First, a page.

By 1975, the old traditional union bosses were beginning to lose control over their membership. Local wildcat strikes became much more common. Moderate union leaders came under pressure from younger radical activists. The rash of public sector strikes in the winter of discontent was a symbol of these changes.
The role of unions was constrained by new laws and the determination of some employers to keep the unions out of their workplaces. In 1977, strikers at the Grunwick photographic laboratories in Warrington faced a bitter struggle against their employer, who was determined to exclude union members. Newspaper proprietors, led by the Australian press baron Rupert Murdoch, went all out to reduce the power of the print unions. There was a major confrontation at Murdoch’s Wapping plant in 1986. Over the next few years the old Fleet Street monopoly in newspaper production disappeared forever.
Workers found their traditional skills were not in demand because they had been rendered out of date by mechanisation or by flexible working practices. The longest and most symbolic episode in the industrial struggles of this period was the miners’ strike in 1984-85. The failure of the strike led to massive pit closures and job losses. The defeat of the strike reduced the influence of the whole union movement, not just the NUM. By 1990, the total trade union membership had fallen by 30 per cent since 1975.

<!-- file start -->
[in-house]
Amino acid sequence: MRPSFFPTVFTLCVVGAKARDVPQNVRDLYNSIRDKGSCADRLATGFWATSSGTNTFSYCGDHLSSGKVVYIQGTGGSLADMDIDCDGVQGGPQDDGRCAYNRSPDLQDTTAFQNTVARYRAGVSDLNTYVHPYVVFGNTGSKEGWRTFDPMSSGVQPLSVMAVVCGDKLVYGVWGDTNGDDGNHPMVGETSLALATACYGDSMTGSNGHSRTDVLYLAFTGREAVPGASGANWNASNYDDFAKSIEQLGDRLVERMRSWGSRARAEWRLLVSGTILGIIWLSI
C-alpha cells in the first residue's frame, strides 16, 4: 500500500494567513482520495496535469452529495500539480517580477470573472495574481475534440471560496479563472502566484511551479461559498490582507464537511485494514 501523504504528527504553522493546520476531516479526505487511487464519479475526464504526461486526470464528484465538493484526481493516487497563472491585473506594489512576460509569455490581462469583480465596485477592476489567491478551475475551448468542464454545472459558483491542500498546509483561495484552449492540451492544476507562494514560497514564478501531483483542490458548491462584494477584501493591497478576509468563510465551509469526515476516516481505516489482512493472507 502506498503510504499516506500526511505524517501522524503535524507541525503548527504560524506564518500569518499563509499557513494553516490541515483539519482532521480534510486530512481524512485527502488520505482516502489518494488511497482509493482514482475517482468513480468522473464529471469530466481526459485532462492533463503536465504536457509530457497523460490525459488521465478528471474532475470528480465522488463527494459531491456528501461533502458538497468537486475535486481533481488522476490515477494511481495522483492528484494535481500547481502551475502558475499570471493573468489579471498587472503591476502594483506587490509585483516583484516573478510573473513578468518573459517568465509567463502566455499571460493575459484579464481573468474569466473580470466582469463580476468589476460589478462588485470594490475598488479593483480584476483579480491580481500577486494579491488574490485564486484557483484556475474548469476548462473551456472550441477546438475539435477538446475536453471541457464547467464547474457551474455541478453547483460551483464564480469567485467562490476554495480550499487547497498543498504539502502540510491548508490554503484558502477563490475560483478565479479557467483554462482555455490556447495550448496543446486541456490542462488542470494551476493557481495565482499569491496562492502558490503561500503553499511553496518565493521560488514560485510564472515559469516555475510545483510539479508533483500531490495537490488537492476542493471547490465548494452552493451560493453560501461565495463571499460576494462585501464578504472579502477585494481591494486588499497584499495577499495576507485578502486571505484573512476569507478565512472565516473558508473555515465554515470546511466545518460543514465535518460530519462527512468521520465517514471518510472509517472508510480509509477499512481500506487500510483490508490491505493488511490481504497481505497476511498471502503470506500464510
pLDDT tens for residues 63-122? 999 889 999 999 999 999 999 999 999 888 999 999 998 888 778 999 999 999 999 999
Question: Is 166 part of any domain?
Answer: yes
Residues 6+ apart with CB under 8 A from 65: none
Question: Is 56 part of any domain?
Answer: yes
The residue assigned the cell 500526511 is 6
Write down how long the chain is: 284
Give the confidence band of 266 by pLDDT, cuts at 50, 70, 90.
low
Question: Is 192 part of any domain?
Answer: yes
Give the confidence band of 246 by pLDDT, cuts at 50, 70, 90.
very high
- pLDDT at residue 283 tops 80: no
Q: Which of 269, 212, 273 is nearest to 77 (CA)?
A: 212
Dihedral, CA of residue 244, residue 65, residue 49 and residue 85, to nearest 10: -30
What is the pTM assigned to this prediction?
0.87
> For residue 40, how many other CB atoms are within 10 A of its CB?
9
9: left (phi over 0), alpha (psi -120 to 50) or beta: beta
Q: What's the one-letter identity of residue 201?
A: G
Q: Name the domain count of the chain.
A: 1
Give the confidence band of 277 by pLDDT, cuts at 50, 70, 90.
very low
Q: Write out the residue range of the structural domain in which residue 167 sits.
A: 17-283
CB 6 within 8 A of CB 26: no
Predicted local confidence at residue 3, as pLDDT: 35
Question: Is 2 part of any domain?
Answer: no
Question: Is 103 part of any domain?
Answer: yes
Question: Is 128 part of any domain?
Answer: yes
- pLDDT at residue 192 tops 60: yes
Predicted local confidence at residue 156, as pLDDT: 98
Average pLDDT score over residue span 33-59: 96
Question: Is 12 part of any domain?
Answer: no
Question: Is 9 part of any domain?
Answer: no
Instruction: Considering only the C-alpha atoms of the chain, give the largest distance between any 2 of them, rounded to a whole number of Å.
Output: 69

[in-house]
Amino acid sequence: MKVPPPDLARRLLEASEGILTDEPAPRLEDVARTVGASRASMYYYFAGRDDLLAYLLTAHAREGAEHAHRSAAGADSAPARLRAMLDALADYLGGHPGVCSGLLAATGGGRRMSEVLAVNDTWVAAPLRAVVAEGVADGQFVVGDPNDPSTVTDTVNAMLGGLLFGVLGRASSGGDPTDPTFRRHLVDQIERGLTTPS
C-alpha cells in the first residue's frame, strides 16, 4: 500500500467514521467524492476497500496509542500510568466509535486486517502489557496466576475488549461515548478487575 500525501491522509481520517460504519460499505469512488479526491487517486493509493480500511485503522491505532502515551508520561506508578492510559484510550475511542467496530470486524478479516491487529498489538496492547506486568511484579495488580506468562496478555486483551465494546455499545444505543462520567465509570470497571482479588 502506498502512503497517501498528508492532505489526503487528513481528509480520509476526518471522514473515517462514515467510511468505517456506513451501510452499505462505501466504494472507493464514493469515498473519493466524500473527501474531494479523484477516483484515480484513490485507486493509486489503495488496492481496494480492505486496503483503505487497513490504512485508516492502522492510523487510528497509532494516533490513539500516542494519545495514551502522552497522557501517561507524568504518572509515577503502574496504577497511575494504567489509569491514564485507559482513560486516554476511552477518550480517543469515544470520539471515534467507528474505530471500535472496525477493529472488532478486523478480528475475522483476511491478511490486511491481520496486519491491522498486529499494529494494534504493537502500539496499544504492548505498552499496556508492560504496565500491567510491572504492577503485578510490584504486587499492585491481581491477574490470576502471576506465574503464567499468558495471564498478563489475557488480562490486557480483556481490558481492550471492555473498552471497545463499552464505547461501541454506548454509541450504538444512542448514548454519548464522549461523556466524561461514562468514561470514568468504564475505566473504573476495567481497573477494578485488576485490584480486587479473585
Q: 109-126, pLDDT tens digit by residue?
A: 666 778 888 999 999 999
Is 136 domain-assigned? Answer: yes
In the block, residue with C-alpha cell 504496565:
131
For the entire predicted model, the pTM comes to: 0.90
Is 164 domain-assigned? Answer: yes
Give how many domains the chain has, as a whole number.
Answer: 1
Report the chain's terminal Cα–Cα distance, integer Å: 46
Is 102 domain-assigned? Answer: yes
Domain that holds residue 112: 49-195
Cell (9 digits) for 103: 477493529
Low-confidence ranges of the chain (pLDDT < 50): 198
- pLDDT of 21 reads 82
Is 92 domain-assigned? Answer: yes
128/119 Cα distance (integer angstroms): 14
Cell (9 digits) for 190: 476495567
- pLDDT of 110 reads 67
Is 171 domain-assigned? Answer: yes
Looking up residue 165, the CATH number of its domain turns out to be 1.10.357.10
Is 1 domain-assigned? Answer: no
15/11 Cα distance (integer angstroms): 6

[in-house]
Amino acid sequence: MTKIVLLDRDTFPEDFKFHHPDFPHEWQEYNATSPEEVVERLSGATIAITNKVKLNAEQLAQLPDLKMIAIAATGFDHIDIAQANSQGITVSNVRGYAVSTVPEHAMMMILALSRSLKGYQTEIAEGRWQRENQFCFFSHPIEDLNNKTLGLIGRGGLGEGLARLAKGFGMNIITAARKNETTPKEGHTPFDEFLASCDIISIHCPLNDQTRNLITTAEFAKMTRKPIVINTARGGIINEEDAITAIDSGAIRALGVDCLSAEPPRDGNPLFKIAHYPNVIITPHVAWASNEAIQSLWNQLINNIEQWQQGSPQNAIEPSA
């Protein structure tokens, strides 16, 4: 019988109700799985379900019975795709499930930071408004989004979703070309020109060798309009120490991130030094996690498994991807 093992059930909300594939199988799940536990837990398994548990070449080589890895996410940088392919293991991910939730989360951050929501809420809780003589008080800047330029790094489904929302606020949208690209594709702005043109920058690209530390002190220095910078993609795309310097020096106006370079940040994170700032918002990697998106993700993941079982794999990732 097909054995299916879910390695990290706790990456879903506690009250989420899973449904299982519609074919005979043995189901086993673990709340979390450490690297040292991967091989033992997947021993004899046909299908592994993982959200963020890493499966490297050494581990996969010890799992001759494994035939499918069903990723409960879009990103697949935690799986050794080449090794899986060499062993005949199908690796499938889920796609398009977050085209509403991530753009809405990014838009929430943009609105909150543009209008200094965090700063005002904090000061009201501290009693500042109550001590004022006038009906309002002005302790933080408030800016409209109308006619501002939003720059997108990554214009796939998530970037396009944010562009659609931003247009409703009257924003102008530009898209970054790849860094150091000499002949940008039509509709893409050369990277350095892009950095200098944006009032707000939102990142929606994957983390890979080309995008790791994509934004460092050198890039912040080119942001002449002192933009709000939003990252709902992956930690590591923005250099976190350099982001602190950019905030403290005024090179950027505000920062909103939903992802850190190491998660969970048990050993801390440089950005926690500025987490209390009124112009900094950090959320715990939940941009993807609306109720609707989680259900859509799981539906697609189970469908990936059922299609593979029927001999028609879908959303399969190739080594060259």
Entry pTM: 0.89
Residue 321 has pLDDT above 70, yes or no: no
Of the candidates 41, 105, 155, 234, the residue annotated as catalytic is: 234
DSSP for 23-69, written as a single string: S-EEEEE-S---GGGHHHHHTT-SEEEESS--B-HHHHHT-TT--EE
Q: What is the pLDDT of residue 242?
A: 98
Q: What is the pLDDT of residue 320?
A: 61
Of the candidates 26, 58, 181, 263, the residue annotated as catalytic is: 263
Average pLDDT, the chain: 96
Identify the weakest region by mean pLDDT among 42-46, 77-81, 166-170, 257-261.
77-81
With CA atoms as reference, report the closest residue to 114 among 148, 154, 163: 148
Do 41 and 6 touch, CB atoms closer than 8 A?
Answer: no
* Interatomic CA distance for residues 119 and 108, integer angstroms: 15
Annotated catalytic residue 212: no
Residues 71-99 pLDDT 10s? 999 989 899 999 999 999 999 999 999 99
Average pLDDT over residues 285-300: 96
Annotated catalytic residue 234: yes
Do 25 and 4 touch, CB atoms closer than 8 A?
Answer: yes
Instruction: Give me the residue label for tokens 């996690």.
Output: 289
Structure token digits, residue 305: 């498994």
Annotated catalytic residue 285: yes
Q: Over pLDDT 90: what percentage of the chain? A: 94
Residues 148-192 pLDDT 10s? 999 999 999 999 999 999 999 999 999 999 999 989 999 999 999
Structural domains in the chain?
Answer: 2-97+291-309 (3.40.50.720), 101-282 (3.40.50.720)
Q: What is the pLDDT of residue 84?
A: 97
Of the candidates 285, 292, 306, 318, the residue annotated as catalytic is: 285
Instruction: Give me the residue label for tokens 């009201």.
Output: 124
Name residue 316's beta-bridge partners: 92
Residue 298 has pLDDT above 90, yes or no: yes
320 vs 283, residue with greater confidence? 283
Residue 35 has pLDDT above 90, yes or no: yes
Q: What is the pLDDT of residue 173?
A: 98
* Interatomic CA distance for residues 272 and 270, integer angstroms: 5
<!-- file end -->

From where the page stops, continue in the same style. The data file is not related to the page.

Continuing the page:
In areas that had never known anything else but coalmines, shipyards and steelworks, people faced painful adjustments. There was high male unemployment; in many homes women became the main breadwinner. There were increased problems of ill health and depression, and also alcoholism and drugs. Young people could no longer expect to follow their fathers into work. Many were forced to move away.
Arthur Scargill launched the miners’ strike in a bid to prevent the downsizing of the coal industry. The strike was highly politicised and there were numerous confrontations between striking miners and the police such as June 1984’s Battle of Orgreave where 5,000 mass picketing miners were faced by up to 8,000 police.
The outcome of Scargill’s campaign to prevent pit closures was utter failure. In 1979, the coal industry employed 200,000; by 1990, the total was down to 60,000 and still falling. By the 1980s, ‘King Coal’ was supplying only 20 per cent of Britain’s energy needs, far less than oil and gas. The future seemed to be more about ‘clean’ nuclear power than ‘dirty’ coal.